Building a Social Platform
Part 3:
Scaling the Data Feed
Socialite
• Reference Implementation
– Various Fanout Feed Models
– User Graph Implementation
– Content storage
• Configur...
Architecture
GraphServiceProxy
ContentProxy
Feed Service
• Two main functions :
– Aggregating “followed” content for a user
– Forwarding user’s content to “followers”...
Fanout On Read
Fanout On Read
Pros
Simple implementation
No extra storage for timelines
Cons
– Timeline reads (typically) hit all shard...
Fanout On Write
Fanout On Write
Pros
Timeline can be single document read
Dormant users easily excluded
Working set minimized
Cons
– Fa...
Fanout On Write
• Three different approaches
– Time buckets
– Size buckets
– Cache
• Each has different pros & cons
Timeline Buckets - Time
Upsert to time range buckets for each user
> db.timed_buckets.find().pretty()
{
"_id" : {"_u" : "j...
Timeline Buckets - Size
More complex, but more consistently sized
> db.sized_buckets.find().pretty()
{
"_id" : ObjectId("....
Timeline - Cache
Store a limited cache, fall back to fanout on read
– Create single cache doc on demand with upsert
– Limi...
Embedding vs Linking Content
Embedded content for direct access
– Great when it is small, predictable in size
Link to cont...
Socialite Feed Service
• Implemented four models as plugins
– FanoutOnRead
– FanoutOnWrite – Buckets (size)
– FanoutOnWrit...
Benchmark by feed type
Benchmarking the Feed
• Biggest challenge: scaling the feed
• High cost of "fanout on write"
• Popular user posts => # ope...
Benchmarking the Feed
• Timeline is different from content!
– "It's a Cache"
IT CAN BE REBUILT!
Benchmarking the Feed
• MongoDB as a cache
IT CAN BE REBUILT!
Effect of removing the cache and forcing drop-back to
fanout on read and rebuilding of the cache:
Bench...
Benchmarking the Feed
Benchmarking the Feed
Benchmarking the Feed
• Results
– last two weeks
– ran load with one million users
– ran load with ten million users (curr...
Summary
Socialite
• Real Working Implementation
– Implements All Components
– Configurable models and options
• Built-in benchmark...
https://github.com/10gen-labs/socialite
Thank You!
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Socialite, the Open Source Status Feed Part 3: Scaling the Data Feed

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Scaling the delivery of posts and content to the follower networks of millions of users has many challenges. In this section we look at the various approaches to fanning out posts and look at a performance comparison between them. We will highlight some tricks for caching the recent timeline of active users to drive down read latency. We will also look at overall performance metrics from Socialite as we scale from a single replica set to a large sharded environment using MMS Automation.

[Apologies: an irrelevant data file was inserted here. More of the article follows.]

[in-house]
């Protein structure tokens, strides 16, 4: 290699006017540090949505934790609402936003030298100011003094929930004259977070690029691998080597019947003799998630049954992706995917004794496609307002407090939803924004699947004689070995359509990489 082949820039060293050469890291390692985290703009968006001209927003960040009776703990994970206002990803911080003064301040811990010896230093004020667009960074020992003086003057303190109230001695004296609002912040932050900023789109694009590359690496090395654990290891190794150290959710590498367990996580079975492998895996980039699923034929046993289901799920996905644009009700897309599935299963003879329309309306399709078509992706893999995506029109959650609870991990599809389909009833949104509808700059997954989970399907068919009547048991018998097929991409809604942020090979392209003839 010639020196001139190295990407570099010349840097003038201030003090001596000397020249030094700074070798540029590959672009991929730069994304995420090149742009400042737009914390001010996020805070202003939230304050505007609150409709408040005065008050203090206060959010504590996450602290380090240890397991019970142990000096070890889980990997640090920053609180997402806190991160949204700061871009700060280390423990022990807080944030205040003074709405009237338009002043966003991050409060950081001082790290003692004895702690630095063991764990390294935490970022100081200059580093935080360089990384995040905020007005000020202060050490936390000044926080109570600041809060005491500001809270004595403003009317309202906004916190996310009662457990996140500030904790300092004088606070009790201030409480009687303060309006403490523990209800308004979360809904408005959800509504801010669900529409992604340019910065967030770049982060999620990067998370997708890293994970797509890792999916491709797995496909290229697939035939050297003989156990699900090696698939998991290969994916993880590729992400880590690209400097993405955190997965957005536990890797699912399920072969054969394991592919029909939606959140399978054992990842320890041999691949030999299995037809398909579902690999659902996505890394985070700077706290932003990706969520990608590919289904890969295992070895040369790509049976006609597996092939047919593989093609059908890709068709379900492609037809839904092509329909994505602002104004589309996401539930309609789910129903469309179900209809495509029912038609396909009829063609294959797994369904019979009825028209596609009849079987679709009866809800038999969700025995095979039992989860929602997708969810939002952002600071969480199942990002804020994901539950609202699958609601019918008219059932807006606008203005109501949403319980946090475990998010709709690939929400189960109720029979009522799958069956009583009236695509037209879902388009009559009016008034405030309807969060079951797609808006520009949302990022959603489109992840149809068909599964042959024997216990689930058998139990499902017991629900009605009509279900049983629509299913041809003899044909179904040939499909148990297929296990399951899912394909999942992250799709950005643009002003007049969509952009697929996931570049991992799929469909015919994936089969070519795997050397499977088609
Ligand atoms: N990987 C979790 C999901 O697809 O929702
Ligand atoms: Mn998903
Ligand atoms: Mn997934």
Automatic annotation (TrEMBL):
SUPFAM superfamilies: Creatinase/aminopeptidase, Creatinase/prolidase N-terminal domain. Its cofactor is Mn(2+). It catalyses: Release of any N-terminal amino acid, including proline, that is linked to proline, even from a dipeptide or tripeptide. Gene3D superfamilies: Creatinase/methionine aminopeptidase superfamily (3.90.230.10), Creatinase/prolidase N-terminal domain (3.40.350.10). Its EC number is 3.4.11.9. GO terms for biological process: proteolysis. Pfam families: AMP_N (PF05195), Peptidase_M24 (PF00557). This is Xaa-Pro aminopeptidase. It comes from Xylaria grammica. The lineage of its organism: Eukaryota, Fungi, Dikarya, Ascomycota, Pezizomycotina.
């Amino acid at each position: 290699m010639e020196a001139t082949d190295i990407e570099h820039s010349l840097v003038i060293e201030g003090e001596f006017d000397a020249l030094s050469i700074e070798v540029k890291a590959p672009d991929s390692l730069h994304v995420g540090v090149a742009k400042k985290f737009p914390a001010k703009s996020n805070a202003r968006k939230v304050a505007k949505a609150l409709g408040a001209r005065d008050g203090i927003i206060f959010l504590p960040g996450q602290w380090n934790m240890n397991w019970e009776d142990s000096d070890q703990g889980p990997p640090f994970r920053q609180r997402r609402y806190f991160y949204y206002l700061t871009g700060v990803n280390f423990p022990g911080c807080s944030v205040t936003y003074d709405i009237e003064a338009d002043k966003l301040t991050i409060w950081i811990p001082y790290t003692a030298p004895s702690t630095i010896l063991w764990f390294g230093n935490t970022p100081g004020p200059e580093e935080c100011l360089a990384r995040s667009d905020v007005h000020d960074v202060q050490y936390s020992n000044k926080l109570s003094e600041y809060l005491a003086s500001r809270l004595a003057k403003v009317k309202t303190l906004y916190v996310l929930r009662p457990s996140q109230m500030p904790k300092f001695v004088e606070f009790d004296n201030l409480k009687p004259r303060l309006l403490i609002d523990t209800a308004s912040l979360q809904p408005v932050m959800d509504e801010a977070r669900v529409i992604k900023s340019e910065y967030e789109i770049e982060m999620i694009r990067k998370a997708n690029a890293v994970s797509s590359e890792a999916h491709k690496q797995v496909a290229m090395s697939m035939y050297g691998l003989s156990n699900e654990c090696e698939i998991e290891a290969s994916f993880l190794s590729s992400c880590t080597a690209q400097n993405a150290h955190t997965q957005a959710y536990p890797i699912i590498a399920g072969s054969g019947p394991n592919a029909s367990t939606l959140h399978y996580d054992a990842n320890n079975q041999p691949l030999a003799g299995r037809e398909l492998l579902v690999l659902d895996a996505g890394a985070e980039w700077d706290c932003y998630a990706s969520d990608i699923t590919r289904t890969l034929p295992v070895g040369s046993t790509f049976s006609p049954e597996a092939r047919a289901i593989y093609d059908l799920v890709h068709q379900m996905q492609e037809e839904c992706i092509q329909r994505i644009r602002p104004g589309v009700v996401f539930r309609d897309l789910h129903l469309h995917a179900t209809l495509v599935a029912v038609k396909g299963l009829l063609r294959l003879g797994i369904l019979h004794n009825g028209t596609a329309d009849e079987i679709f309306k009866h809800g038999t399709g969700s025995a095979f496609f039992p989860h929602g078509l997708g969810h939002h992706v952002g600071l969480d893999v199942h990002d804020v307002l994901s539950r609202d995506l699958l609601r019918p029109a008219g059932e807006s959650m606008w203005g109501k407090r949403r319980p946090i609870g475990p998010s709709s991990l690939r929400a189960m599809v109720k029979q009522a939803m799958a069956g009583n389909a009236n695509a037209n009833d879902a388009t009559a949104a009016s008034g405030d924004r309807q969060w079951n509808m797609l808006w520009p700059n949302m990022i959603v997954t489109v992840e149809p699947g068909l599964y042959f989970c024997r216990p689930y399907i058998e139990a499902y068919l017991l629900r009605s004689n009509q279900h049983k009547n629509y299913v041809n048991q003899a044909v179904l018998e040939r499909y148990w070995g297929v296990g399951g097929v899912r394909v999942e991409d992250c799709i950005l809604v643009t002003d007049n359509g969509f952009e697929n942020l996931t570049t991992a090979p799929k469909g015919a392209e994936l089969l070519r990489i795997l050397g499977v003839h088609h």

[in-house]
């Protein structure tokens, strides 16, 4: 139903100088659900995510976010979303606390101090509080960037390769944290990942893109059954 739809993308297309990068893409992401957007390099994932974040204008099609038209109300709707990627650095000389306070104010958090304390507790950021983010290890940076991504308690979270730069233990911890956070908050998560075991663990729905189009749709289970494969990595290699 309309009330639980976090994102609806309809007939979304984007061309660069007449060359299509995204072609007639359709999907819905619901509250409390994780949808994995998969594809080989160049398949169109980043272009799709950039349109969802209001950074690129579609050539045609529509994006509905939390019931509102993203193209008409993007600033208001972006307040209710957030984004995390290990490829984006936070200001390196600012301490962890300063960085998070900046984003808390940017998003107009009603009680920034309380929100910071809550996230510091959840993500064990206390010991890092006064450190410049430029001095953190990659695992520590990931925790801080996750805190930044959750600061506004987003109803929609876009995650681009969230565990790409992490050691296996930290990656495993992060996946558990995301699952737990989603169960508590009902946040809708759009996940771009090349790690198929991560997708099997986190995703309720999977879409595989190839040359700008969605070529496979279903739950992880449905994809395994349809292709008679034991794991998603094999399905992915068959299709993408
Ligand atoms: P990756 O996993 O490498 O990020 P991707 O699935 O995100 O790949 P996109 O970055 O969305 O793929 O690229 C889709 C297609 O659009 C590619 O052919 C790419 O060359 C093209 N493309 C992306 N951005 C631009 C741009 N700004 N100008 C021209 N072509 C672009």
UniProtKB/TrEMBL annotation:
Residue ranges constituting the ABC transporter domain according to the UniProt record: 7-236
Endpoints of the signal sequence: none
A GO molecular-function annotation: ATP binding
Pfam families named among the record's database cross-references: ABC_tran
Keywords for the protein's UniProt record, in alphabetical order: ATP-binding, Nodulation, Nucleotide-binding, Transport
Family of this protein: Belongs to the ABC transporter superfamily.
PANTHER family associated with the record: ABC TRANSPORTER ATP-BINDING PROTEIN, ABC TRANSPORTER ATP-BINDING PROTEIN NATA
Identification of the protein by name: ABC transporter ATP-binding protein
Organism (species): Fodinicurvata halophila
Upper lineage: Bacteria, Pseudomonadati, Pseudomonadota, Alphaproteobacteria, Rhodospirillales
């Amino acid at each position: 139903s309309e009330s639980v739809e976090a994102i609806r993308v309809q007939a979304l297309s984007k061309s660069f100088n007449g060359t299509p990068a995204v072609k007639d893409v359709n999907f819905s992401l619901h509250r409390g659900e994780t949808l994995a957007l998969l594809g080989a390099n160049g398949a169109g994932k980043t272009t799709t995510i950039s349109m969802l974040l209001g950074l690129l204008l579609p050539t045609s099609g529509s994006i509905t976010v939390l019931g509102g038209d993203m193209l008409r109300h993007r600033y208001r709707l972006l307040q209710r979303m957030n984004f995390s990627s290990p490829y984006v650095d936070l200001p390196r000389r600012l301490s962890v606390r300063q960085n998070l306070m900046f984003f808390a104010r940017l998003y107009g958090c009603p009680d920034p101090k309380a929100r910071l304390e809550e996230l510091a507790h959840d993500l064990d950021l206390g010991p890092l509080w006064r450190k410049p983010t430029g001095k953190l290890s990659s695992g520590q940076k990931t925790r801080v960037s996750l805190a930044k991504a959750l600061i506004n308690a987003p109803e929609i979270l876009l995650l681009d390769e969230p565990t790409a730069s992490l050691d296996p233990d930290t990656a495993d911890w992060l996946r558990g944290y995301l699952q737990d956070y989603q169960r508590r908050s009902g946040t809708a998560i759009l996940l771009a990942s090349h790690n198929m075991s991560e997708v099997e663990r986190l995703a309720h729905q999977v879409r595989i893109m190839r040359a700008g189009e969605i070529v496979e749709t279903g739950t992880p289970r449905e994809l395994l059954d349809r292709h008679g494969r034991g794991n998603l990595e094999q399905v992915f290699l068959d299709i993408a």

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  • For a Social Platform to store and deliver streaming timelines over long periods of time, careful attention must be paid to the way content is stored. We provide a detailed look into storing an infinite timeline of data while optimizing indexing and sharding configuration for access the most recent window of data. We will also look at some overall performance metrics from Socialite as we scale from a single replica set to a large sharded environment.
  • image at https://dropwizard.github.io/dropwizard of the hat 

  • BRUTAL!!!
  • Variants?
  • Should you embed the messages/content into "cache"/buckets/etc. or just store references?

  • WHICH ONE DID WE IMPLEMENT IN SOCIALITE???
    All work with Async Service(? or mention later)
    And we did benchmark them! -> Asya
  • examining latency of reading content by fanout type - note two types of latency – for sender and for recipient.
    scaling throughput... THIS WILL NOT SCALE LINEARLY(!)

    *RERUN WITH SEVERAL SHARDS* replace with new screenshot

  • MongoDB as a cache
    Storage amplification on a feed service – Justin Bieber makes a single post and we need to write it to 2 million timelines.... ???
    Cache only for active users.

    Number of updates across all cache / number of documents updated


  • MongoDB as a cache
    Storage amplification on a feed service – Justin Bieber makes a single post and we need to write it to 2 million timelines.... ???
    Cache only for active users.

  • MongoDB as a cache
    Storage amplification on a feed service – Justin Bieber makes a single post and we need to write it to 2 million timelines.... ???
    Cache only for active users.

  • MongoDB as a cache
    Storage amplification on a feed service – Justin Bieber makes a single post and we need to write it to 2 million timelines.... ???
    Cache only for active users.

  • MongoDB as a cache
    Storage amplification on a feed service – Justin Bieber makes a single post and we need to write it to 2 million timelines.... ???
    Cache only for active users.

  • MongoDB as a cache
    Storage amplification on a feed service – Justin Bieber makes a single post and we need to write it to 2 million timelines.... ???
    Cache only for active users.

  • MongoDB as a cache
    Storage amplification on a feed service – Justin Bieber makes a single post and we need to write it to 2 million timelines.... ???
    Cache only for active users.

  • Some kind of wrap-up